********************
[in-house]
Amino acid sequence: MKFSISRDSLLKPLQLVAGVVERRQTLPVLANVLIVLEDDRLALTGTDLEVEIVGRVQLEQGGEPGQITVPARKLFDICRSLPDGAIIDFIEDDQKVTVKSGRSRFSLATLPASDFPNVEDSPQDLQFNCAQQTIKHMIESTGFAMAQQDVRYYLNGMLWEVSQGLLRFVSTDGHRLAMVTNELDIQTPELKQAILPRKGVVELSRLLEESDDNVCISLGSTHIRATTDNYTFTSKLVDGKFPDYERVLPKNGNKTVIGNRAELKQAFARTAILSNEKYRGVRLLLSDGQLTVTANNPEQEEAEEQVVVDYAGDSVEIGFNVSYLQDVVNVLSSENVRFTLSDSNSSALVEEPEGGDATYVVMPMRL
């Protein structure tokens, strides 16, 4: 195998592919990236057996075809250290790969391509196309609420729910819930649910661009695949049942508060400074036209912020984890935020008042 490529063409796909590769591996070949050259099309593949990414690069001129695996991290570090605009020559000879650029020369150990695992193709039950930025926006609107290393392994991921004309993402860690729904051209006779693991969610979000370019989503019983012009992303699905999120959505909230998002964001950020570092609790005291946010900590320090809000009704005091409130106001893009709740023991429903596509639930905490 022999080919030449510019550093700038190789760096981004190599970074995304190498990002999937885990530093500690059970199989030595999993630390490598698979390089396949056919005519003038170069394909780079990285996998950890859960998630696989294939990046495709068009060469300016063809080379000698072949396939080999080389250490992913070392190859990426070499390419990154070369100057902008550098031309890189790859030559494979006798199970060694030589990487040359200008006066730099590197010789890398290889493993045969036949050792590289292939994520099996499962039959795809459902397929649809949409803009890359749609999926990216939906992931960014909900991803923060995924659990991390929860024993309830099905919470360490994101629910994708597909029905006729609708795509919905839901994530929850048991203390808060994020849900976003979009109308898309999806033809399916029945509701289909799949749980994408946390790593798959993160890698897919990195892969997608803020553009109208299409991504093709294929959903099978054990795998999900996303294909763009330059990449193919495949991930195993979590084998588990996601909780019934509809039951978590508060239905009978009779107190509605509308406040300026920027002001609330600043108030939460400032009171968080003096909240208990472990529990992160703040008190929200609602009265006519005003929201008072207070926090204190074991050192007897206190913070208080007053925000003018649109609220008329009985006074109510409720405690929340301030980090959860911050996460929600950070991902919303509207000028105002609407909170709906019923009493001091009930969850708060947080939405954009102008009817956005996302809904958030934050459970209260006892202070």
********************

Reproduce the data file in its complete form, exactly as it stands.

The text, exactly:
[in-house]
Amino acid sequence: MKFSISRDSLLKPLQLVAGVVERRQTLPVLANVLIVLEDDRLALTGTDLEVEIVGRVQLEQGGEPGQITVPARKLFDICRSLPDGAIIDFIEDDQKVTVKSGRSRFSLATLPASDFPNVEDSPQDLQFNCAQQTIKHMIESTGFAMAQQDVRYYLNGMLWEVSQGLLRFVSTDGHRLAMVTNELDIQTPELKQAILPRKGVVELSRLLEESDDNVCISLGSTHIRATTDNYTFTSKLVDGKFPDYERVLPKNGNKTVIGNRAELKQAFARTAILSNEKYRGVRLLLSDGQLTVTANNPEQEEAEEQVVVDYAGDSVEIGFNVSYLQDVVNVLSSENVRFTLSDSNSSALVEEPEGGDATYVVMPMRL
């Protein structure tokens, strides 16, 4: 195998592919990236057996075809250290790969391509196309609420729910819930649910661009695949049942508060400074036209912020984890935020008042 490529063409796909590769591996070949050259099309593949990414690069001129695996991290570090605009020559000879650029020369150990695992193709039950930025926006609107290393392994991921004309993402860690729904051209006779693991969610979000370019989503019983012009992303699905999120959505909230998002964001950020570092609790005291946010900590320090809000009704005091409130106001893009709740023991429903596509639930905490 022999080919030449510019550093700038190789760096981004190599970074995304190498990002999937885990530093500690059970199989030595999993630390490598698979390089396949056919005519003038170069394909780079990285996998950890859960998630696989294939990046495709068009060469300016063809080379000698072949396939080999080389250490992913070392190859990426070499390419990154070369100057902008550098031309890189790859030559494979006798199970060694030589990487040359200008006066730099590197010789890398290889493993045969036949050792590289292939994520099996499962039959795809459902397929649809949409803009890359749609999926990216939906992931960014909900991803923060995924659990991390929860024993309830099905919470360490994101629910994708597909029905006729609708795509919905839901994530929850048991203390808060994020849900976003979009109308898309999806033809399916029945509701289909799949749980994408946390790593798959993160890698897919990195892969997608803020553009109208299409991504093709294929959903099978054990795998999900996303294909763009330059990449193919495949991930195993979590084998588990996601909780019934509809039951978590508060239905009978009779107190509605509308406040300026920027002001609330600043108030939460400032009171968080003096909240208990472990529990992160703040008190929200609602009265006519005003929201008072207070926090204190074991050192007897206190913070208080007053925000003018649109609220008329009985006074109510409720405690929340301030980090959860911050996460929600950070991902919303509207000028105002609407909170709906019923009493001091009930969850708060947080939405954009102008009817956005996302809904958030934050459970209260006892202070």